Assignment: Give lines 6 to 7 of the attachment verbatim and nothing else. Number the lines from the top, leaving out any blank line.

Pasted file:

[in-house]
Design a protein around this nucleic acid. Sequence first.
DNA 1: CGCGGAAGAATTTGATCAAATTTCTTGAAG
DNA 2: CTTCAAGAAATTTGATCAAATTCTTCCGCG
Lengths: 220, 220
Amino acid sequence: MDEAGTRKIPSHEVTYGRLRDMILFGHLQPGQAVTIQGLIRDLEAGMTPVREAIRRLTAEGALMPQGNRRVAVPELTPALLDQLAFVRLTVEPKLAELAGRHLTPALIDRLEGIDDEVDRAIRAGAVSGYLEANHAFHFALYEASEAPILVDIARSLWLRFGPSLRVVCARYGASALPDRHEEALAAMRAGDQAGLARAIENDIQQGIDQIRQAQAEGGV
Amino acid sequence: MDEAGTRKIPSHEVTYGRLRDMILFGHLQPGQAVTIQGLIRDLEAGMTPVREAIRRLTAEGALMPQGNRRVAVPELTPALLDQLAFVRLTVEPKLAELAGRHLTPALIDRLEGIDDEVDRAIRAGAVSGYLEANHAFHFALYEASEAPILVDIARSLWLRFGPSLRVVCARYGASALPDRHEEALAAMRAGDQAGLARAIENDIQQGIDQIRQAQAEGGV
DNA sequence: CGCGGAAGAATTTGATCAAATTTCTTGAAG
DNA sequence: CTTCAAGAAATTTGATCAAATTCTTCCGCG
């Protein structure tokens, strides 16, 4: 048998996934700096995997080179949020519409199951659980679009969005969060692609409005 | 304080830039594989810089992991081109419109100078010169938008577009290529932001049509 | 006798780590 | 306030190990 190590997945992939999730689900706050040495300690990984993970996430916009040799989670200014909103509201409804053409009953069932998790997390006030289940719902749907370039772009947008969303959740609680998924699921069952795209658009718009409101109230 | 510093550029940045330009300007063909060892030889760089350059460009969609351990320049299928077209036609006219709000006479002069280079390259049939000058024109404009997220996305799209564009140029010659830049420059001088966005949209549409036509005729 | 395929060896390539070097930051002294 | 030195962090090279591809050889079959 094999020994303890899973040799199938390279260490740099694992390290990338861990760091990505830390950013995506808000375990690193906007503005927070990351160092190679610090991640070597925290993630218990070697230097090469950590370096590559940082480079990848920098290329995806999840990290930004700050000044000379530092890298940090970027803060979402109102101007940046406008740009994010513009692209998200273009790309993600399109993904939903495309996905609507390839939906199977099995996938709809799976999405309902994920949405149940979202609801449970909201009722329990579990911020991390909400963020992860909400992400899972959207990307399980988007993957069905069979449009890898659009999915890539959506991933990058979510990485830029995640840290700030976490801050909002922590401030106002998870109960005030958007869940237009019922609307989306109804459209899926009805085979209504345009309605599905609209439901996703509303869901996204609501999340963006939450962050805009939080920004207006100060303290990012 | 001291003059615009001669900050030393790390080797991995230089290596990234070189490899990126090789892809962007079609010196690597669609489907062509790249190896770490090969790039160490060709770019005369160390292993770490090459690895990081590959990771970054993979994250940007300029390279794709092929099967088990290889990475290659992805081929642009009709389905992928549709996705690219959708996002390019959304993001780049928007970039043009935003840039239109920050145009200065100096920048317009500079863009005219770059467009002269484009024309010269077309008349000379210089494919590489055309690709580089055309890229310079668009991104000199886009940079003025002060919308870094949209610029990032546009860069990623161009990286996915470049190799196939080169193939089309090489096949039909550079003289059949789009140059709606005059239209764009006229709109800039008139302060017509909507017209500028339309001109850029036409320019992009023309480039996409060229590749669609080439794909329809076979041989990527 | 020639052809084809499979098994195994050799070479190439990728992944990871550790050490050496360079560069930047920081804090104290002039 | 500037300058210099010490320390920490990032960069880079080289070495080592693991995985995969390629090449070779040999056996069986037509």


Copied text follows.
Amino acid sequence: MDEAGTRKIPSHEVTYGRLRDMILFGHLQPGQAVTIQGLIRDLEAGMTPVREAIRRLTAEGALMPQGNRRVAVPELTPALLDQLAFVRLTVEPKLAELAGRHLTPALIDRLEGIDDEVDRAIRAGAVSGYLEANHAFHFALYEASEAPILVDIARSLWLRFGPSLRVVCARYGASALPDRHEEALAAMRAGDQAGLARAIENDIQQGIDQIRQAQAEGGV
Amino acid sequence: MDEAGTRKIPSHEVTYGRLRDMILFGHLQPGQAVTIQGLIRDLEAGMTPVREAIRRLTAEGALMPQGNRRVAVPELTPALLDQLAFVRLTVEPKLAELAGRHLTPALIDRLEGIDDEVDRAIRAGAVSGYLEANHAFHFALYEASEAPILVDIARSLWLRFGPSLRVVCARYGASALPDRHEEALAAMRAGDQAGLARAIENDIQQGIDQIRQAQAEGGV